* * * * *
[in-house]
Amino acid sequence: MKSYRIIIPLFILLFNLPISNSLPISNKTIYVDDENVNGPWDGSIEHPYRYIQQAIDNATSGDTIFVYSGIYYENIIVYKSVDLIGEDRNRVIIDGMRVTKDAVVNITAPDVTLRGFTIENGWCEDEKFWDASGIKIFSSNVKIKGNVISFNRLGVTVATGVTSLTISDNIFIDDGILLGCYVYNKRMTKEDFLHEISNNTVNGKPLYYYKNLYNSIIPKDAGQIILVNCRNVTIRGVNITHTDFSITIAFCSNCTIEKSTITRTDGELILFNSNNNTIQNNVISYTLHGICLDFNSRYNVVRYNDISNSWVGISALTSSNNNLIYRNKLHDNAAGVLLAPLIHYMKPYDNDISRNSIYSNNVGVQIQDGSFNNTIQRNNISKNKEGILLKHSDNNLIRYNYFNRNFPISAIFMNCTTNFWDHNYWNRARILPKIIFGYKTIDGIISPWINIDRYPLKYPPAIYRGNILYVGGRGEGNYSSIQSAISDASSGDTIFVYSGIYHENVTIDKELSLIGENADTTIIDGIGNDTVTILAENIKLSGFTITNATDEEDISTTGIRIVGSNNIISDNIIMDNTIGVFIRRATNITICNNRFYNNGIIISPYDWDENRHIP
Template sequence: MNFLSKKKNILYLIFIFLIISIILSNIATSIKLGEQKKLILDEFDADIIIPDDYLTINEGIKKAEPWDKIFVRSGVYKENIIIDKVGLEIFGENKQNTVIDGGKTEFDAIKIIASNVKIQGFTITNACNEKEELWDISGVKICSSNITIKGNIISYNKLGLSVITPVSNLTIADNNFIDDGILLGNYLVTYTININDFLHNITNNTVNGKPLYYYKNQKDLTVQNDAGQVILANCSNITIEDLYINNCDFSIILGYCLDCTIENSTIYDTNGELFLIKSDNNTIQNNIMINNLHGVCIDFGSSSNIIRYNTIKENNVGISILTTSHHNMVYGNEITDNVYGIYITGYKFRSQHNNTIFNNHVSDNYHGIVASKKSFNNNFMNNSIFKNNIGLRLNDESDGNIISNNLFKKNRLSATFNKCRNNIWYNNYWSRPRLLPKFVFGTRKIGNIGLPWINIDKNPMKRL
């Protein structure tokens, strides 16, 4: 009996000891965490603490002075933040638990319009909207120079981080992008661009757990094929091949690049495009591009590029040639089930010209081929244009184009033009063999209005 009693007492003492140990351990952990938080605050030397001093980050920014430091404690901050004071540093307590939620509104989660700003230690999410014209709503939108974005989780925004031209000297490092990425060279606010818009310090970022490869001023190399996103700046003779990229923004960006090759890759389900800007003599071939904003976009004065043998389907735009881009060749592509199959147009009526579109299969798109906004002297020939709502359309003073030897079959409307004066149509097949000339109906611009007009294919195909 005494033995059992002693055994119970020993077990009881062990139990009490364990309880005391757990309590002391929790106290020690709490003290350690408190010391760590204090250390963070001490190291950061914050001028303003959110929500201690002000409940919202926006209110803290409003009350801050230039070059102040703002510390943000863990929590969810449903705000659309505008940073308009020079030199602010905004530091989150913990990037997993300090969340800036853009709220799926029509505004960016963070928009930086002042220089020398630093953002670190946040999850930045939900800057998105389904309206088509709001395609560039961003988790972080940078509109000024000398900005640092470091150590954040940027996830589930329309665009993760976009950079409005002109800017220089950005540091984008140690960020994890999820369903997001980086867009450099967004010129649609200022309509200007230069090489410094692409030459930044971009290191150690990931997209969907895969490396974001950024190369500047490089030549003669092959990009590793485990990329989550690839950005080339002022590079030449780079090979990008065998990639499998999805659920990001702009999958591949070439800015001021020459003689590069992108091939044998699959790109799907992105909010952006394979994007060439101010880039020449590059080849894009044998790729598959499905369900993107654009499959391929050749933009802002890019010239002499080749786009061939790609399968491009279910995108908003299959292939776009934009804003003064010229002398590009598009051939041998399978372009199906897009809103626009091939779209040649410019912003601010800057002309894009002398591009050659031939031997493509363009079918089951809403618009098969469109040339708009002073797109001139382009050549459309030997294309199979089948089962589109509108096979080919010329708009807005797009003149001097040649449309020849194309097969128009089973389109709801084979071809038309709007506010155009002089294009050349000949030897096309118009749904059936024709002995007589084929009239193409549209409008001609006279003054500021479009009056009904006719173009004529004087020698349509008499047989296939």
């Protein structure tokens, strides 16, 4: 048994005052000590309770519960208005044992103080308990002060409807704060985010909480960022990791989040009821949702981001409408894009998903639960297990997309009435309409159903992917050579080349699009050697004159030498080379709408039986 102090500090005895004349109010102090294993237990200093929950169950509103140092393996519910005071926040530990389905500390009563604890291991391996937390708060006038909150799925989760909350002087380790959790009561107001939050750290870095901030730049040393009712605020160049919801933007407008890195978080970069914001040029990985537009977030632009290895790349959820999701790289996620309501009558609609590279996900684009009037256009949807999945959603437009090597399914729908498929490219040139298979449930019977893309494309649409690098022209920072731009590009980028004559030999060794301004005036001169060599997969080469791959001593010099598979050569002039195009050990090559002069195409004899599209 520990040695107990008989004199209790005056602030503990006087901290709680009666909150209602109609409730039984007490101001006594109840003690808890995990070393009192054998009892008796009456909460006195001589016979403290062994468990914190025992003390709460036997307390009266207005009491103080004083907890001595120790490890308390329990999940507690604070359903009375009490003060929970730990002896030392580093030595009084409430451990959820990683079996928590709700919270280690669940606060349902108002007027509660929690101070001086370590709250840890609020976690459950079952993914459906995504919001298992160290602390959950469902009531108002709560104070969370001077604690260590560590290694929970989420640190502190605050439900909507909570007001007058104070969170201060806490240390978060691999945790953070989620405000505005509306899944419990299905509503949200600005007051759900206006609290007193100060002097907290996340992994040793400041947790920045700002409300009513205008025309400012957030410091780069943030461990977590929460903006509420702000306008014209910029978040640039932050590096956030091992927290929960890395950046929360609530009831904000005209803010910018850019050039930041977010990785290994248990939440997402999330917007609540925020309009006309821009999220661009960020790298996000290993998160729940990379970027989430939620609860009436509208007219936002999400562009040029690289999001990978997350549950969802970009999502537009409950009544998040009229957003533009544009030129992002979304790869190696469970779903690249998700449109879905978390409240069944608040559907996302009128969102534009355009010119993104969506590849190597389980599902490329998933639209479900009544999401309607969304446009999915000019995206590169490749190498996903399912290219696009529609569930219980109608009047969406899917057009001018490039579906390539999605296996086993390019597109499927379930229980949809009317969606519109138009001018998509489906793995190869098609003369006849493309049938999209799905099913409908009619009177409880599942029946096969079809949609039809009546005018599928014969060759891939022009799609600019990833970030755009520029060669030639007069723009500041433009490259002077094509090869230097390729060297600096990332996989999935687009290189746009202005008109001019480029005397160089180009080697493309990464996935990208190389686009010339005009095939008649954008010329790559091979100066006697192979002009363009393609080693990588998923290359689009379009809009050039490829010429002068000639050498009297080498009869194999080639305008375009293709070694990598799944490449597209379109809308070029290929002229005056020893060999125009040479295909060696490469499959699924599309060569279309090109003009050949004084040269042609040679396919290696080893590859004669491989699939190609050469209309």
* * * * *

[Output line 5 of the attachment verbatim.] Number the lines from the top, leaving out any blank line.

């Protein structure tokens, strides 16, 4: 048994005052000590309770519960208005044992103080308990002060409807704060985010909480960022990791989040009821949702981001409408894009998903639960297990997309009435309409159903992917050579080349699009050697004159030498080379709408039986 102090500090005895004349109010102090294993237990200093929950169950509103140092393996519910005071926040530990389905500390009563604890291991391996937390708060006038909150799925989760909350002087380790959790009561107001939050750290870095901030730049040393009712605020160049919801933007407008890195978080970069914001040029990985537009977030632009290895790349959820999701790289996620309501009558609609590279996900684009009037256009949807999945959603437009090597399914729908498929490219040139298979449930019977893309494309649409690098022209920072731009590009980028004559030999060794301004005036001169060599997969080469791959001593010099598979050569002039195009050990090559002069195409004899599209 520990040695107990008989004199209790005056602030503990006087901290709680009666909150209602109609409730039984007490101001006594109840003690808890995990070393009192054998009892008796009456909460006195001589016979403290062994468990914190025992003390709460036997307390009266207005009491103080004083907890001595120790490890308390329990999940507690604070359903009375009490003060929970730990002896030392580093030595009084409430451990959820990683079996928590709700919270280690669940606060349902108002007027509660929690101070001086370590709250840890609020976690459950079952993914459906995504919001298992160290602390959950469902009531108002709560104070969370001077604690260590560590290694929970989420640190502190605050439900909507909570007001007058104070969170201060806490240390978060691999945790953070989620405000505005509306899944419990299905509503949200600005007051759900206006609290007193100060002097907290996340992994040793400041947790920045700002409300009513205008025309400012957030410091780069943030461990977590929460903006509420702000306008014209910029978040640039932050590096956030091992927290929960890395950046929360609530009831904000005209803010910018850019050039930041977010990785290994248990939440997402999330917007609540925020309009006309821009999220661009960020790298996000290993998160729940990379970027989430939620609860009436509208007219936002999400562009040029690289999001990978997350549950969802970009999502537009409950009544998040009229957003533009544009030129992002979304790869190696469970779903690249998700449109879905978390409240069944608040559907996302009128969102534009355009010119993104969506590849190597389980599902490329998933639209479900009544999401309607969304446009999915000019995206590169490749190498996903399912290219696009529609569930219980109608009047969406899917057009001018490039579906390539999605296996086993390019597109499927379930229980949809009317969606519109138009001018998509489906793995190869098609003369006849493309049938999209799905099913409908009619009177409880599942029946096969079809949609039809009546005018599928014969060759891939022009799609600019990833970030755009520029060669030639007069723009500041433009490259002077094509090869230097390729060297600096990332996989999935687009290189746009202005008109001019480029005397160089180009080697493309990464996935990208190389686009010339005009095939008649954008010329790559091979100066006697192979002009363009393609080693990588998923290359689009379009809009050039490829010429002068000639050498009297080498009869194999080639305008375009293709070694990598799944490449597209379109809308070029290929002229005056020893060999125009040479295909060696490469499959699924599309060569279309090109003009050949004084040269042609040679396919290696080893590859004669491989699939190609050469209309």